1. Carroll, Susan V. MS RN CNE

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The hero of the Pixar(R) film Ratatouille is a skinny, little, blue-gray rat named Remy. One of an enormous family of typical chubby, brown rats, Remy is expected to live and eat like a rat-slinking around under cover of darkness, wallowing in trash, and feasting on garbage. But Remy has a passion for gourmet food and cooking, pursuits that support his life's ambition to do more and to be more. Remy is endowed with keen senses, is educated, and is obsessed with creating his art-food. The film has two underlying themes: (1) the pursuit of excellence over mediocrity, and (2) the conviction put forth by the restaurant critic Anton Ego that "a great artist can come from anywhere."

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Excellence and artistry are part of nursing practice as well. In the description of its Excellence Initiatives, the National League for Nursing (2006) explains that the nurses of today and the future must be able to do the following:


* understand the principles that underlie our practice


* be comfortable with ambiguity and uncertainty


* be agents for continuous change


* think critically and communicate effectively


* function effectively in the face of conflict


* manage technology.



As neuroscience nurses, we must apply these skills in the context of our unique "5-star" environment, and Remy can show us the way.


This passionate rat understands the basic cognitive, as well as the more sophisticated, technical skills of cooking and is able to teach these abilities to his human friend, Linguini, by precepting him at the late chef Auguste Gusteau's restaurant. (Granted, the early preceptive moments make Remy look like a puppet master manipulating Linguini like a marionette.) Remy is comfortable with ambiguity; he is, after all, a rat performing as a human might. When he is separated from his rat family, Remy's future is uncertain but his goals are clear-he has well-thought-out, focused, behavioral objectives to guide him.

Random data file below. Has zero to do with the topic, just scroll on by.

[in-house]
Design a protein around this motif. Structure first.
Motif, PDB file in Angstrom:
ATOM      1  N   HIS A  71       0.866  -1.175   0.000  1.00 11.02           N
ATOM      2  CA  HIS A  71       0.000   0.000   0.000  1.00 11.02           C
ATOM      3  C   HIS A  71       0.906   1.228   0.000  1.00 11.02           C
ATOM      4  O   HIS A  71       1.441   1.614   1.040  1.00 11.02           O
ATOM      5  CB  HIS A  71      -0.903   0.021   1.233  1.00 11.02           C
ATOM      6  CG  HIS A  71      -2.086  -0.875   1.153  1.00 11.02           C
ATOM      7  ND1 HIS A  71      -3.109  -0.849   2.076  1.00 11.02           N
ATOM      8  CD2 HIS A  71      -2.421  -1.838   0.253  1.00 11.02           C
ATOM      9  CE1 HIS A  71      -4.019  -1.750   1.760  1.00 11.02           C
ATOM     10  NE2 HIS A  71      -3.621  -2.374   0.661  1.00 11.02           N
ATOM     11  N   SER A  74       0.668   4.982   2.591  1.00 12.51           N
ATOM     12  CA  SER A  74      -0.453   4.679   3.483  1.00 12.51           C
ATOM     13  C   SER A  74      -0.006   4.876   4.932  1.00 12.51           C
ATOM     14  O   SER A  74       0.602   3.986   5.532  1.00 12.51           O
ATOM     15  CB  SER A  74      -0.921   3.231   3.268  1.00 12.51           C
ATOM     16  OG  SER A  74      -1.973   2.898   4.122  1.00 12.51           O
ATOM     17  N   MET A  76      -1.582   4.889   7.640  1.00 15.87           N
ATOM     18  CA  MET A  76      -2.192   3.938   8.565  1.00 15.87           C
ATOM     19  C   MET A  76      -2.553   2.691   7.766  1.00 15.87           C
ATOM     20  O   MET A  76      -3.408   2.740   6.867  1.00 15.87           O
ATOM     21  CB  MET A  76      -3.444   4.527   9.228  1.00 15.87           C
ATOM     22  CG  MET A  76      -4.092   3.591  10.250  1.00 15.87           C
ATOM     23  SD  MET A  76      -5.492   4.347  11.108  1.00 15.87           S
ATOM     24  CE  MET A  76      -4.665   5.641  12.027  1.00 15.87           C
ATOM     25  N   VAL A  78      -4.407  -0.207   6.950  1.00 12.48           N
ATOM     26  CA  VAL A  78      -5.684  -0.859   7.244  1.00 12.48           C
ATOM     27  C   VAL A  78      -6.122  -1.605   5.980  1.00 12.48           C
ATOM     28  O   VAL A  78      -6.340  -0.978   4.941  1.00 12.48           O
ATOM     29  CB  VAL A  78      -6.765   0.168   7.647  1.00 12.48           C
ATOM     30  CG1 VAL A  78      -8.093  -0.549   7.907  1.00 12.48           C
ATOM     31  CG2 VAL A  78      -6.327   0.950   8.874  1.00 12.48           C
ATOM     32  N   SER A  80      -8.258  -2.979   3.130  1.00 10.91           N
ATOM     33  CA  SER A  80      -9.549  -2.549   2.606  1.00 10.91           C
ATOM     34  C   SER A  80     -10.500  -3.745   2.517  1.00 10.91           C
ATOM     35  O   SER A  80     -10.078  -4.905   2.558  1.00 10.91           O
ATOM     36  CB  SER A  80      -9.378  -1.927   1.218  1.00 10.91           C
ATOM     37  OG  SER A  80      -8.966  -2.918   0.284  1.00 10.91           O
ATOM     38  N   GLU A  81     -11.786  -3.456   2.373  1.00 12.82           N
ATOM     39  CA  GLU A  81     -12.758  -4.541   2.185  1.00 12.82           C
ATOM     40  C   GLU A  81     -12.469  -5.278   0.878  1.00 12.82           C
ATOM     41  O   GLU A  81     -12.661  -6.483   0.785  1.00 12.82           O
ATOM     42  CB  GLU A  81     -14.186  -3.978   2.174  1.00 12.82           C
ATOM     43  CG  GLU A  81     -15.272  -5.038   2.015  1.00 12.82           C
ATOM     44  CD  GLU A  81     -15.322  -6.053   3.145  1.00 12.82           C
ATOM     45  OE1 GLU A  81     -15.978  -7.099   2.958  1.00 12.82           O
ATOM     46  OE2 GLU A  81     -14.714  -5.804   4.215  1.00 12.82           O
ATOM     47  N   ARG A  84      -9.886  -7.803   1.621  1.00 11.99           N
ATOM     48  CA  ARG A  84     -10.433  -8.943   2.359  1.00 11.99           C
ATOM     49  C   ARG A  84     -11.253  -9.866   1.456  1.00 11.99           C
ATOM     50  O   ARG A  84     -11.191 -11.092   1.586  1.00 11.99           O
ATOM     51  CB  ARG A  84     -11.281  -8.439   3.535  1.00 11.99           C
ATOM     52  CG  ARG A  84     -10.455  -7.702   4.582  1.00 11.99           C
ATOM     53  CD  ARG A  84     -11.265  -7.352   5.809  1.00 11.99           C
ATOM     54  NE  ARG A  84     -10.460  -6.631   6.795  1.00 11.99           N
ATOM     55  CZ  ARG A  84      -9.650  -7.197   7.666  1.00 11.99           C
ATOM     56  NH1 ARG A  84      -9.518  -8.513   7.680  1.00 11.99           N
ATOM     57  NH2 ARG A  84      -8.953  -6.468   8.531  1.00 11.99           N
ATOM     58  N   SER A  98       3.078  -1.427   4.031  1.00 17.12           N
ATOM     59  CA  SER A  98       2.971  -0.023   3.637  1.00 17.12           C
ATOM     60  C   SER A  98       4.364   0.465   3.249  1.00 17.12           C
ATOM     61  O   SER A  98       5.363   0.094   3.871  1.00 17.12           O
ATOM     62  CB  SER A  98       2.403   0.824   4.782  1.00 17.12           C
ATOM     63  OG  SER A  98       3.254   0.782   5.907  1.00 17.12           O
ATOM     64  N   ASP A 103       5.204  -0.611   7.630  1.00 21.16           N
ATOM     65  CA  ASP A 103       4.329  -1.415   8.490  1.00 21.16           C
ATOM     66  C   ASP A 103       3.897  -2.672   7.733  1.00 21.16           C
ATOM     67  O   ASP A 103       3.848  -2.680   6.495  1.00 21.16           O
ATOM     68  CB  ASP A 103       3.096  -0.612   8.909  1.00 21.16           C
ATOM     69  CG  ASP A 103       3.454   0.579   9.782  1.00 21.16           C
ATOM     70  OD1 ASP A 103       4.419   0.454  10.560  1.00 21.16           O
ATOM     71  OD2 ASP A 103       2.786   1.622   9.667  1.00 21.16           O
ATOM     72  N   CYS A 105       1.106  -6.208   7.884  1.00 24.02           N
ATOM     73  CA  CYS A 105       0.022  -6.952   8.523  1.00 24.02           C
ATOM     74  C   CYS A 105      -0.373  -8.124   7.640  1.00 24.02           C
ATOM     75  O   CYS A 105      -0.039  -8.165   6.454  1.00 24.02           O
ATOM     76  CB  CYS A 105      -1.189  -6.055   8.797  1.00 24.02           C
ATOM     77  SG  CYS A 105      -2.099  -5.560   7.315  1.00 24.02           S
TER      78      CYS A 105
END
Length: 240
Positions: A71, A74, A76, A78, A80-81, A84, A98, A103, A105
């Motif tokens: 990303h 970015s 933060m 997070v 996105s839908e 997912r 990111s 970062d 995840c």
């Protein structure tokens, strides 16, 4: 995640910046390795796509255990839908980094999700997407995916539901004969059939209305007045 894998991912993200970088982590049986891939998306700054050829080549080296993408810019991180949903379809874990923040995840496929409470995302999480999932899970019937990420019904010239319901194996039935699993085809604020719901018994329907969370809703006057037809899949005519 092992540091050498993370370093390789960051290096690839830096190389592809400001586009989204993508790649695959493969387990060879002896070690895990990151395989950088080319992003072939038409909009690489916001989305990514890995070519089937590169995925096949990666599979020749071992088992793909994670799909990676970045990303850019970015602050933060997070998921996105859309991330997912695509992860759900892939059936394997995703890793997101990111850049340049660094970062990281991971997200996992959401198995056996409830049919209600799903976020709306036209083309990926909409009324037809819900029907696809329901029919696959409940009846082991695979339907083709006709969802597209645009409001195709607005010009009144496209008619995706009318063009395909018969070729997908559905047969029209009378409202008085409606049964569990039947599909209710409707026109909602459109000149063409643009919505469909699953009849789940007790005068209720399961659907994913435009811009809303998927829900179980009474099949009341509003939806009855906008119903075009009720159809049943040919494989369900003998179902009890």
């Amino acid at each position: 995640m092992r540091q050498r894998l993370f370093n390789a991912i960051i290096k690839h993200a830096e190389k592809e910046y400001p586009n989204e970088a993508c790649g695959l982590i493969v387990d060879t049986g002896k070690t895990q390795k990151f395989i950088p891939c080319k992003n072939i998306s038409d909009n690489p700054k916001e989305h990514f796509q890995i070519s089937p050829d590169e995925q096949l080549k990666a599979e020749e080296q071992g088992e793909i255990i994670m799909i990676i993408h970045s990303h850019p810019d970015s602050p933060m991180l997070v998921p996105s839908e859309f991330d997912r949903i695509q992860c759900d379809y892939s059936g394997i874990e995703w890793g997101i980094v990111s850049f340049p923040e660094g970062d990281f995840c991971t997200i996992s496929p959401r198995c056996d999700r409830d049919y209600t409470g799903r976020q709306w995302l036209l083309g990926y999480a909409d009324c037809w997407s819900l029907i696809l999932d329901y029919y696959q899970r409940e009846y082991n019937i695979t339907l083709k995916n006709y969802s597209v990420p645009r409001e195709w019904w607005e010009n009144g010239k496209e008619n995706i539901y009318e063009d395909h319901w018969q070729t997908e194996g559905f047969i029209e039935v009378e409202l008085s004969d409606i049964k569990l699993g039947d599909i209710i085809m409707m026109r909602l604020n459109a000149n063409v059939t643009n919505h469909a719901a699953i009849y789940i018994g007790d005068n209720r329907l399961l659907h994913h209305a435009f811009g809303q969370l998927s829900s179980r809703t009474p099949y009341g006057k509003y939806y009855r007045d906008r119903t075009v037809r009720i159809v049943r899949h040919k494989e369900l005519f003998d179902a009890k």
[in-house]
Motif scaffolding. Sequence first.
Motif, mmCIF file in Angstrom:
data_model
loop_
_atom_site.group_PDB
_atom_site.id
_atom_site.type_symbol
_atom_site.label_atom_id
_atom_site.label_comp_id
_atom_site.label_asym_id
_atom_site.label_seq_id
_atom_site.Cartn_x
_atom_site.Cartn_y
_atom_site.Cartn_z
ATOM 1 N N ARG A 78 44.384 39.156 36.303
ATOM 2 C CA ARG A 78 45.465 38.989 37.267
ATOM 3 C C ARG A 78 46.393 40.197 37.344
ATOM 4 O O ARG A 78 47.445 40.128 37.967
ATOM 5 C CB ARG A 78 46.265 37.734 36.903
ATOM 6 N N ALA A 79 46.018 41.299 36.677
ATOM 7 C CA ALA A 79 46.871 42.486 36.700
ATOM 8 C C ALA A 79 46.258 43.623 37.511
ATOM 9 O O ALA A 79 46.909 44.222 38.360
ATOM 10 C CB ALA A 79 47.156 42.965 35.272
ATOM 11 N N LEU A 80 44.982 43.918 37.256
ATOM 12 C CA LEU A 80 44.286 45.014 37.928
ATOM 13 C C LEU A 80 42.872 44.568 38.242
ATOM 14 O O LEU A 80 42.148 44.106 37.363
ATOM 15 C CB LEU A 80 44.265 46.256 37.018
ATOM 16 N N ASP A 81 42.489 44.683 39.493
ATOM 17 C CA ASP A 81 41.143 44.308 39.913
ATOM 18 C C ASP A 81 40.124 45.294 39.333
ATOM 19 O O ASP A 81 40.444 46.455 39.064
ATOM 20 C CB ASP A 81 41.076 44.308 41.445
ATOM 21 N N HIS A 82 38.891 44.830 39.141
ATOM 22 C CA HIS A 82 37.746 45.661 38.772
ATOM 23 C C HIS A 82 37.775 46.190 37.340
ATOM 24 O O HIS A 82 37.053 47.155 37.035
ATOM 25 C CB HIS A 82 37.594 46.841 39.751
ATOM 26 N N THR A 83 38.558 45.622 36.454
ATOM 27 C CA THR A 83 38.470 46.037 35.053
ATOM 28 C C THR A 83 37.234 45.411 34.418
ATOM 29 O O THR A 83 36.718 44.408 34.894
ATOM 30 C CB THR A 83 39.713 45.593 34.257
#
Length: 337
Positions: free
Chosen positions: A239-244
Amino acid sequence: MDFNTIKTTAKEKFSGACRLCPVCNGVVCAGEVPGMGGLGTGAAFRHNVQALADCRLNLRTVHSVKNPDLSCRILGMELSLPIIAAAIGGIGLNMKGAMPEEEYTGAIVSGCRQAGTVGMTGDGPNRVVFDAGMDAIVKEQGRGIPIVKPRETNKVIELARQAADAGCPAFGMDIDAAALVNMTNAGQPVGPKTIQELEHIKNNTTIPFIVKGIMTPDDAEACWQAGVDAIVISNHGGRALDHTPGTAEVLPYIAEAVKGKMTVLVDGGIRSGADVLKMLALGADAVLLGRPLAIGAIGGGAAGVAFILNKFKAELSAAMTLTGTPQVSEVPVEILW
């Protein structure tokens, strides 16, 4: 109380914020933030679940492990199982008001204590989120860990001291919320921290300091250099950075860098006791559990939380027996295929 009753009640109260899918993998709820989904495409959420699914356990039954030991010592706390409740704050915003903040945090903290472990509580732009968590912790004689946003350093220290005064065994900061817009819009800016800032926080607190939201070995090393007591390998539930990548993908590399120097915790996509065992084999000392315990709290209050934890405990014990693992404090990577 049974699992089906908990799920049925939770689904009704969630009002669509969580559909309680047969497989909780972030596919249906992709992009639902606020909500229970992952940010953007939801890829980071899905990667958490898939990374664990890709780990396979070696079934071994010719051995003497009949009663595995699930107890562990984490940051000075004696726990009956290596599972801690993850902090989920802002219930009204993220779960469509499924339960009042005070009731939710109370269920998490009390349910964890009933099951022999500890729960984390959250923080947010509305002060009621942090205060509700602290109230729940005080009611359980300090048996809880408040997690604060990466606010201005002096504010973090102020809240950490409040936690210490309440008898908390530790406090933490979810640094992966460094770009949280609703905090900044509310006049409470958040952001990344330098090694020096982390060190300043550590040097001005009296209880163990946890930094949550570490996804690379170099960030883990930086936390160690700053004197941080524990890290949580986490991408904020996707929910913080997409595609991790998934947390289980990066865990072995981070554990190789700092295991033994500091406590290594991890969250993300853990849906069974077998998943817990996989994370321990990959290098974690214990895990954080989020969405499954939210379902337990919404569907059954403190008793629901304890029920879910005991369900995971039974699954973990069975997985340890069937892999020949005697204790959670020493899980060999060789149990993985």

Remy is a leader and an agent of change. With Linguini and Colette as his initially reluctant followers, he revolutionizes the nearly moribund kitchen of Gusteau's restaurant. He renews the staff's passion for excellent food, and he changes the culture of the work group. This culture shift is even more apparent when the other rats join the kitchen staff. Remy thinks critically and solves problems, and in doing so, he shows us how we can use critical-thinking skills such as creativity, risk-taking, curiosity, and deductive reasoning in domains other than those in which they were originally learned. He is an effective, albeit unusual, communicator. As he channels the famous chef Gusteau, Linguini, Colette, and the other kitchen staff members listen and learn.


Finally, Remy functions effectively in the face of conflict and constant change. He solves the problems inherent in his little size, and Remy not only manages the technology of the kitchen, but he teaches the other rats to do so as well. He is even able to teach the rats the importance of hand hygiene as they tumble through the wash and rinse cycles of the dishwasher.


Just as the kitchen staff lost their culinary passion and Linguini struggled to discover the artist within, we sometimes lose sight of the passion that brought each of us to nursing. We occasionally forget how much creativity and artistry are a part of the care we provide. Perhaps more important, we don't consciously think about those qualities that make us excellent, artistic practitioners of our craft. Take time to remember the little rat and his passionate pursuit of excellence and art. Like Remy, don't settle for the expected and the mediocre. Aim for rave reviews.